January 5, 2022
By: Lyat Avidor Peleg
The Real Cost of Downtime in Process Manufacturing
Process manufacturing plants are under immense pressure to avoid downtime, which can impact drastically on overall productivity, profitability, and reputation. Downtime affects every plant and every vertical industry from time to time, and there’s no single magic bullet that’s guaranteed to prevent your plant from going down.
That said, the more you understand the causes and costs of unplanned downtime, the more you can do to help reduce the incidence and be better prepared to deal with it when it does occur.
The Leading Causes of Unplanned Downtime
Process plants are complex places, so there’s no one reason why plants experience downtime. Here are some of the main causes of unexpected downtime in process plants.
1. Equipment failure
Equipment failure is far and away the most common cause of unplanned downtime. Some pieces of equipment run for 16-20 hours a day, or even around the clock, raising the likelihood of failure at some point.
Most plants lavish the most protection on their most expensive and central items of machinery, but partly because of all that attention, it’s relatively rare to see catastrophic failures in big equipment. Small failures in minor parts like valves, pipes, and rotating equipment can cost far more in downtime and repairs, and happen far more frequently.
2. Unplanned maintenance or repairs
Downtime isn’t always due to failure. Sometimes you’ll find that your equipment is still working, but it’s not operating as it should be. Efficiency may have dropped, or an alarming issue has developed like loud noises, significant vibrations, or a sharp drop or rise in temperature.
Even relatively minor changes in operating efficiency could require urgent repairs at short notice. If you need to shut down the plant some days before you’d planned a major maintenance day, that’s unplanned downtime, and it can have an impact on productivity levels.
3. Worker shortage
The manufacturing industry is currently experiencing a serious shortage of maintenance personnel, which makes it harder to ensure that each item of equipment receives correct maintenance on schedule.
According to Deloitte, there’ll be 2.1 million skilled jobs going unfilled by 2030. 35% of U.S. manufacturers are actively recruiting maintenance technicians, and an even higher percentage are shifting at least some maintenance responsibilities to operating personnel, with the result that repairs and maintenance aren’t always carried out by people with the necessary training.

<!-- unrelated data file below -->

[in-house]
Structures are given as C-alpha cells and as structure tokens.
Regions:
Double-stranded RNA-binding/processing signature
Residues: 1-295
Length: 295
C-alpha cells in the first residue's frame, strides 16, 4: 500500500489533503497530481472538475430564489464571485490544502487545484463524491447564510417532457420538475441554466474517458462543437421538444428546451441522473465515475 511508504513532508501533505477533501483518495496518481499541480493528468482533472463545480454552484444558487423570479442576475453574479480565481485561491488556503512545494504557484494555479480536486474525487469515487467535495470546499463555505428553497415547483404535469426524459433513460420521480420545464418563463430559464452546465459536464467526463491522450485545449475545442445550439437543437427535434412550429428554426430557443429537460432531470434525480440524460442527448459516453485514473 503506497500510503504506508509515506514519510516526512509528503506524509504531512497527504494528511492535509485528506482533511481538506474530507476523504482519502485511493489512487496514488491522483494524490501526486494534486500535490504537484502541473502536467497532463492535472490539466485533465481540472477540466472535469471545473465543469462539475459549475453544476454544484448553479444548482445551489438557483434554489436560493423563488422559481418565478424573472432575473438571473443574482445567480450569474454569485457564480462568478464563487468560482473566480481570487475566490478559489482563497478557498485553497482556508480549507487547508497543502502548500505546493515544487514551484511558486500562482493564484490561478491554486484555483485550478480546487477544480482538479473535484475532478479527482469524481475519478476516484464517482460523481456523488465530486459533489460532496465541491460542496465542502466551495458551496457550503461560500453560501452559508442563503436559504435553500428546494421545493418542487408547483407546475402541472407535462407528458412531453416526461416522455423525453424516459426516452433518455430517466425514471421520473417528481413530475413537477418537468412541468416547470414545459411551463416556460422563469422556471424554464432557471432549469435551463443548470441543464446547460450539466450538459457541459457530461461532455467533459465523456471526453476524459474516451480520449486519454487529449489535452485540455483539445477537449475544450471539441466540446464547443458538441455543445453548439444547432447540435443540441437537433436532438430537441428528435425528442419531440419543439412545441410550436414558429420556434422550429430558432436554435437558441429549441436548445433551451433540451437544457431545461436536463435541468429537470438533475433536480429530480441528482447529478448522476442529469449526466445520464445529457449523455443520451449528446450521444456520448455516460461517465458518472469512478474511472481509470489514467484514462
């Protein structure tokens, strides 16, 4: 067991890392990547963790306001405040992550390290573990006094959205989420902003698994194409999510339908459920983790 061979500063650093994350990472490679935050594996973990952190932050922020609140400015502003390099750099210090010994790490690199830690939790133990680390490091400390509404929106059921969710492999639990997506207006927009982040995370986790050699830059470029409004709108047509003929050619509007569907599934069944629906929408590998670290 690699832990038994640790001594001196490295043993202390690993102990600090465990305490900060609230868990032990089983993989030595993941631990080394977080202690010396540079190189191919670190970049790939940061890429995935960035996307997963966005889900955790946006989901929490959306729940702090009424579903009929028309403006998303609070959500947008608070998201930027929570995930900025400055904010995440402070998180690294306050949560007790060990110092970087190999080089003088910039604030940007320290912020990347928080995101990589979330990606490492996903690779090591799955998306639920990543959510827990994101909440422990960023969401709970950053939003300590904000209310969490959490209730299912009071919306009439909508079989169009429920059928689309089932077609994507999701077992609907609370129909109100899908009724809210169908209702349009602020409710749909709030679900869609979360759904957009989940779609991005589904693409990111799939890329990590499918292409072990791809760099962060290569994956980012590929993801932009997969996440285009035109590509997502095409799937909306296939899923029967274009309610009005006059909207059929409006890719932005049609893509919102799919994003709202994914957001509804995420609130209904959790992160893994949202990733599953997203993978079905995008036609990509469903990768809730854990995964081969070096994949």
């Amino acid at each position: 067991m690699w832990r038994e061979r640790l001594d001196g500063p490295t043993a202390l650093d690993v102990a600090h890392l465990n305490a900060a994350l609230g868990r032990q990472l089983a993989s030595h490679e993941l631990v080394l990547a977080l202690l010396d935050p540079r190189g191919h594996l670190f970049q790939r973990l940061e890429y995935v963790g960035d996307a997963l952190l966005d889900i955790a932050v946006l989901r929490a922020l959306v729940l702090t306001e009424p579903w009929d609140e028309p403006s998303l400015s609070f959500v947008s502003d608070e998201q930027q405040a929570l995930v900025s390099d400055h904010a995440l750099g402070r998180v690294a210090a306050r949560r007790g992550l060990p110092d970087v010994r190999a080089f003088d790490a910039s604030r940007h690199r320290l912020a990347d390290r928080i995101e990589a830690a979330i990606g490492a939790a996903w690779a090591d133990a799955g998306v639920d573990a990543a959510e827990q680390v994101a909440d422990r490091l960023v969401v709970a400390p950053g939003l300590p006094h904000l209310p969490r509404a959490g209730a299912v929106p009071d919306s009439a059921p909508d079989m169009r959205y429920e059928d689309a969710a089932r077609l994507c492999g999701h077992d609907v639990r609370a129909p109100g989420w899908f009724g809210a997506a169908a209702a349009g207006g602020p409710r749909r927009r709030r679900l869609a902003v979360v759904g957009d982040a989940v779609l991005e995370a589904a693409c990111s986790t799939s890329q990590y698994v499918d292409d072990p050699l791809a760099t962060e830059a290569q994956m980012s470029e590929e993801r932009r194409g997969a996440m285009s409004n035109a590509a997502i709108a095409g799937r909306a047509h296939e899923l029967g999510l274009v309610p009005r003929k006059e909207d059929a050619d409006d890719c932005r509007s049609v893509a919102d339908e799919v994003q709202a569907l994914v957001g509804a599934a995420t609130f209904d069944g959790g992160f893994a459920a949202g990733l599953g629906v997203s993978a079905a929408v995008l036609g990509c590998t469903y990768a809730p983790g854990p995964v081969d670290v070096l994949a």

Manufacturing companies are seeing a high percentage of their most experienced employees retiring – partly in reaction to the pandemic, which led many people to retire early out of ill health, or so that they can make the most of their retirement, but also simply due to the huge baby boomer cohort reaching retirement age. However, they don’t have enough slightly-more-junior, trained staff ready to fill their shoes.
4. Human error
Simple accidents can cause unplanned downtime in many ways. Employees can make mistakes calibrating machinery, introduce errors when configuring the product mix, overlook early signs of issues like leaks and rising noise, and more.
Once again, the issue has been exacerbated by lack of experienced personnel, but COVID-19 has also played a part. Infections, isolation requirements, and restrictions to the number of staff people can be on site at a time, means there are fewer people at the plant to notice emerging issues and carry out quick repairs. The problem is still ongoing with successive waves of infection, as employees might have to leave work because they tested positive, are caring for sick relatives, or need to isolate after contact with a confirmed case.
The Impact of Unplanned Downtime Is Greater Than you Think
1. Unplanned downtime results in high costs
The primary impact of unplanned downtime is financial. When a plant goes down, processes and production come to a grinding halt, but the same can’t be said about the costs. Employees still need to be paid; companies miss out on profit from lost production, and costly raw materials can spoil while waiting for production to restart.